They came, they saw, they signed.
But the inking of the 12-country Trans-Pacific Partnership (TPP) wasn't without major public anger and outcry in Auckland, as thousands gathered in the central city today to protest the deal's signing.
United States trade representative Mike Froman with Prime Minister John Key (Patrick Gower / Newshub)
Trade ministers from the dozen Pacific Rim countries, including New Zealand, descended on the SkyCity Convention Centre this morning to ceremonially sign what is considered one of the biggest trade deals in history.
"The Trans Pacific Partnership ultimately represents a giant vote of confidence for future prosperity for the economy and our people. Today is a very, very important day for the 12 countries involved in the Trans Pacific Partnership," says Prime Minister John Key.
"TPP will provide much better access for goods and services to more than 800 million people across the TPP countries, which made up 36 per cent of global GDP," he said.
"TPP is our biggest-ever free-trade deal and is estimated to boost our economy by at least $2.7 billion a year by 2030 - that will help to diversify our economy and mean more jobs and higher incomes for New Zealand."
Mr Key said it was New Zealand's first free-trade agreement with five of the TPP countries, including the largest and third-largest economies in the world - the United States and Japan.
"As a country, we won't get rich selling to ourselves," he said.
"Instead, we need to build new global markets for our products and services, and TPP will help make that happen."
Mr Key said other countries had already signalled an interest in joining the TPP, which could lead to even greater regional economic integration.
"A more prosperous and therefore secure region is in all of our interests."
Australian Trade Minister Andrew Robb was the first to sign the document, with New Zealand Trade Minister Todd McClay the last to put pen to paper.
It represents 40 percent of the world's GDP, opens New Zealand up to 800 million more consumers and will reportedly be worth $2.7 billion to the country's economy by 2030 -- just 1 percent of GDP.
Australian Trade Minister Andrew Robb first to sign TPP (Patrick Gower / Newshub)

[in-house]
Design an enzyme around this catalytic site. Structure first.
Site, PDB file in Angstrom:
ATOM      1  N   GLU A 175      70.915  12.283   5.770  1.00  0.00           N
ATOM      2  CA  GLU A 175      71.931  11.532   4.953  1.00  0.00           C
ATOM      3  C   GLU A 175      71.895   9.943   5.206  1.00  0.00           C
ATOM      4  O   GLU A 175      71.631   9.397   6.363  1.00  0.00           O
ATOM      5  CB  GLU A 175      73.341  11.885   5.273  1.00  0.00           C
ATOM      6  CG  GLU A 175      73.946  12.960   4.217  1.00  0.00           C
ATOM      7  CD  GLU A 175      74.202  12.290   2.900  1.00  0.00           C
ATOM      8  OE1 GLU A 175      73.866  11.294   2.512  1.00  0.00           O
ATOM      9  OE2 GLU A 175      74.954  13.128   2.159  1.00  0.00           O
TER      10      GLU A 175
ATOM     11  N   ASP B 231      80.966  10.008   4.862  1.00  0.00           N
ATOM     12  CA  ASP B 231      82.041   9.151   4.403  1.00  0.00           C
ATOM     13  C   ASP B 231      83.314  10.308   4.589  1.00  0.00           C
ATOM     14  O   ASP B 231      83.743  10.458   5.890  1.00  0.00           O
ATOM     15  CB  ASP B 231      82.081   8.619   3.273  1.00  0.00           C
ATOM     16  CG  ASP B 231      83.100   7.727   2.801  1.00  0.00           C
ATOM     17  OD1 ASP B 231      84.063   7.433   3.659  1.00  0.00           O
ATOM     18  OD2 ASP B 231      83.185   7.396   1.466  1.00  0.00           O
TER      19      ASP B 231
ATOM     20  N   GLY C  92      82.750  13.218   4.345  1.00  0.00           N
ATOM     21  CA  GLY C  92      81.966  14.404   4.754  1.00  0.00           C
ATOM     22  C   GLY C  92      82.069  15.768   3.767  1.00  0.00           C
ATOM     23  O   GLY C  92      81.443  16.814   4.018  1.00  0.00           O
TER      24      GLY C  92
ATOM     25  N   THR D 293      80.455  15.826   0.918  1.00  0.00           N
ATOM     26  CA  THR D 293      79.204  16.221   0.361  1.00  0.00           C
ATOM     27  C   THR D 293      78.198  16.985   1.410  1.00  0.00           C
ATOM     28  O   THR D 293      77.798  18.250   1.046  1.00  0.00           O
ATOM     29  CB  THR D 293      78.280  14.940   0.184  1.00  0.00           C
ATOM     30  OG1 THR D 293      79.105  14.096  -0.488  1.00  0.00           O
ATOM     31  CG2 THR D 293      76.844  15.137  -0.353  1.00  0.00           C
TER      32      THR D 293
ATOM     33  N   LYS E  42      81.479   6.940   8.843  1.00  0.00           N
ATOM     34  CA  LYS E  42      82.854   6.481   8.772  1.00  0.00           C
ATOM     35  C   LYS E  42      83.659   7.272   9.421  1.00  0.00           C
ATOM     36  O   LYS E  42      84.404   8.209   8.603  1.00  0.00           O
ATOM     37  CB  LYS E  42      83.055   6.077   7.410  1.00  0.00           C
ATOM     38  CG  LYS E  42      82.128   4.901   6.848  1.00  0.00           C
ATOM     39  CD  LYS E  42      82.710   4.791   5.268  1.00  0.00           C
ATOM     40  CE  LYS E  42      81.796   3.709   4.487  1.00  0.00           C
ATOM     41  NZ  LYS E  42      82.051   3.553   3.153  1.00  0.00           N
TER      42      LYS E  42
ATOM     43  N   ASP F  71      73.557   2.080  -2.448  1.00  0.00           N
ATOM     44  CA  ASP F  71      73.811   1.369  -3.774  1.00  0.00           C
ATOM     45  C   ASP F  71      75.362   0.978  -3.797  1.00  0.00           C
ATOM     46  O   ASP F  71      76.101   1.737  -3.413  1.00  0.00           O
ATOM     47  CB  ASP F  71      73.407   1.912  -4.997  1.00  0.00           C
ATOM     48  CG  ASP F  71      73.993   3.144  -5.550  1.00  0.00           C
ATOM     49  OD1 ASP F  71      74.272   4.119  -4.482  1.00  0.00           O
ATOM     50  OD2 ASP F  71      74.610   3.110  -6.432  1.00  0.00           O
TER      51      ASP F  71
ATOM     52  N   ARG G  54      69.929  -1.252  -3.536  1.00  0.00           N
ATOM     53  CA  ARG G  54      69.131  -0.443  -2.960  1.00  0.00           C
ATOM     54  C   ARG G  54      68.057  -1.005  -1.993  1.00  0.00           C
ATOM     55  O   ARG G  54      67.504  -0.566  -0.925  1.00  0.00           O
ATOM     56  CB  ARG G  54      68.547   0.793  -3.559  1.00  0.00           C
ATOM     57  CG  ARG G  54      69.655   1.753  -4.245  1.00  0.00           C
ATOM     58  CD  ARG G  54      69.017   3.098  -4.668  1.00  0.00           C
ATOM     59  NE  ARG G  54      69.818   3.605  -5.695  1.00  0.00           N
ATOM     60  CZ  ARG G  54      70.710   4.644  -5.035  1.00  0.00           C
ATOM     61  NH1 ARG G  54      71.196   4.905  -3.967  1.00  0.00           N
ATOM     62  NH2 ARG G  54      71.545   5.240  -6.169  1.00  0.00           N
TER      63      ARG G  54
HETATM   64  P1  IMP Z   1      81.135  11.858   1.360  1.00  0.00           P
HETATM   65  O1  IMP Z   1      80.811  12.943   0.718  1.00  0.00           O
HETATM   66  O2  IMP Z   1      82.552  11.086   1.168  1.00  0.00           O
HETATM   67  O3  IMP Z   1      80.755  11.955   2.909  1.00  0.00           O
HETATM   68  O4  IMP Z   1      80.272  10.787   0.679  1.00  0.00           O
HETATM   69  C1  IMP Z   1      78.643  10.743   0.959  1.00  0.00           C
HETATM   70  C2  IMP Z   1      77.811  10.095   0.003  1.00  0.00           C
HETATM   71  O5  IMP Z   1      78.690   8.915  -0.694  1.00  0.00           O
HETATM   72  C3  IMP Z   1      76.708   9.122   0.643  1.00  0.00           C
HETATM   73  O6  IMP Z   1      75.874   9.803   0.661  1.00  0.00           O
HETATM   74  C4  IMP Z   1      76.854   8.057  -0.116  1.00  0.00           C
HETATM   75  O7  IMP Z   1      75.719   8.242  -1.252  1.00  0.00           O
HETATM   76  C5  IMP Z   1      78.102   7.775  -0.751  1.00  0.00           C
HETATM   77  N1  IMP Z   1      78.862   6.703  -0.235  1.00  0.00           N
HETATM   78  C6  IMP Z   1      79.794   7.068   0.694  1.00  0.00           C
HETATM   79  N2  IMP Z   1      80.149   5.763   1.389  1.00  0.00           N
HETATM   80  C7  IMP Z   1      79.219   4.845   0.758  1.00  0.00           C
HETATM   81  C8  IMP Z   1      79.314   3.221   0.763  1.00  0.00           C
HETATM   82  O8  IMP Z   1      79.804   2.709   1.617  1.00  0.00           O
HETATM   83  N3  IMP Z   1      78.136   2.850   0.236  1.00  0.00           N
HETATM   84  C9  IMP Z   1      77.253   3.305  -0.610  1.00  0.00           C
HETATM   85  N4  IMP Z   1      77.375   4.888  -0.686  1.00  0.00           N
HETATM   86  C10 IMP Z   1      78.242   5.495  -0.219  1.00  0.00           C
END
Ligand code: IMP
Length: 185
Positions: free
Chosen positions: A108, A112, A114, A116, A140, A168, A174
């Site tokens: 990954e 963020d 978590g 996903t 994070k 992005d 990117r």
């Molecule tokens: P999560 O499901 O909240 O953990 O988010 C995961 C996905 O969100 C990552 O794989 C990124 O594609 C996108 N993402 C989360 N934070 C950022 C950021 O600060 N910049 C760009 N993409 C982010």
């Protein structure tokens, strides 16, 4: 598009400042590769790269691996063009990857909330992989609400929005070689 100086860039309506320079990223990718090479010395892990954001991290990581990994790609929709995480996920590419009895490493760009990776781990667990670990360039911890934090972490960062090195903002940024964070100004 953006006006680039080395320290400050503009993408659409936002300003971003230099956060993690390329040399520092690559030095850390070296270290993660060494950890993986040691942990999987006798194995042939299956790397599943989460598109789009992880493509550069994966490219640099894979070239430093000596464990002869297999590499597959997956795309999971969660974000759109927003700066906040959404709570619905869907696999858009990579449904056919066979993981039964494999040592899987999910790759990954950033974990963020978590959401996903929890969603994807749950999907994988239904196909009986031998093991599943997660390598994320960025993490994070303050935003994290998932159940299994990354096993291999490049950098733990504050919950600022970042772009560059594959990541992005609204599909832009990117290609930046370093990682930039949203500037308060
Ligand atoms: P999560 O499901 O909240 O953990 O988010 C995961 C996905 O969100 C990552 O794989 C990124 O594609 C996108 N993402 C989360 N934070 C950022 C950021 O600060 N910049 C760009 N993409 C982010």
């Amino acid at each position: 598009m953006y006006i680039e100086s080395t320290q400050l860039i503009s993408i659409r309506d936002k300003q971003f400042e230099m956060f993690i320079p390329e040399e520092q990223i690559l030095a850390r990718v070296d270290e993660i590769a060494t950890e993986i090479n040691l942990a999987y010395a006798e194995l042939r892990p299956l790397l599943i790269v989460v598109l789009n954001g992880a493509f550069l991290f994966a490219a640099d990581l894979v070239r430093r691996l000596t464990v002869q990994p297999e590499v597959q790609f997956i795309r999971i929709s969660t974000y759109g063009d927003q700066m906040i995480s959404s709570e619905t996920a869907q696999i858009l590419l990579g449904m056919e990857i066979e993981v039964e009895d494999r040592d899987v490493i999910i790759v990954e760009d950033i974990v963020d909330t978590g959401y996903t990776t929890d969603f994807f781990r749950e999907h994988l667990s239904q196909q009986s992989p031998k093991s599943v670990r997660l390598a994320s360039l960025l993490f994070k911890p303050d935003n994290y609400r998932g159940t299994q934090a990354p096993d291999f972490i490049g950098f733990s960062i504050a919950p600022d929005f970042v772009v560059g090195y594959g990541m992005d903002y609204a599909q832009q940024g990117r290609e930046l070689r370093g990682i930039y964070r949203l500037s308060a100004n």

But that didn't seem to matter to the thousands who came bearing banners, chants, slogans and facepaint.
It wasn't just the TPP in their sights though, with many taking the opportunity to voice their concerns over a number of issues, including deep sea oil drilling, zero-hours contracts and the need to stop people from lying.
Groups opposed to the TPP cite a number of concerns, including the secrecy in which the negotiations were done, its effects on government drug buying agency Pharmac, the erosion of the country's sovereignty and the ability of corporations to sue the Government.
Several protests were planned in the lead-up to this morning's official ceremony at the SkyCity Convention Centre, including a "family friendly" protest at Auckland's Aotea Square.
Another group, calling itself Real Choice, organised an event leaving from Aotea Square which aimed to create a "TPP-Free Zone" by "holding Federal St for as long as possible".
The main entrance to the convention centre is on Federal St, although there is another entrance via Albert St.
But the precinct around the convention centre was smothered with police and security, as well as a number of other security measures including fences and an orange barricade outside the building's main entrance.
Even though the deal has been signed though, there is still more work to be done, with Mr McClay estimating it could take up to a year to get through New Zealand's Parliament.
It is thought it could take up to two years to be ratified by all 12 countries.
US representative Michael Froman says he is confident it can be ratified in his country, despite the possibility it won't get through Congress.
The US senate has signalled to Obama it's not happy with the agreement.
And Canada representative Chrystia Freeland says there will be a full study and consultation before the deal is ratified.
Ardent opponent of the deal, Auckland University Professor of Law Jane Kelsey, says she doubts the agreement will pass the US Congress and has urged protesters to keep fighting the deal.
"For us it does make a difference and from what I hear from people internationally, the opposition in New Zealand is the strongest of anywhere."
Newshub. / NZN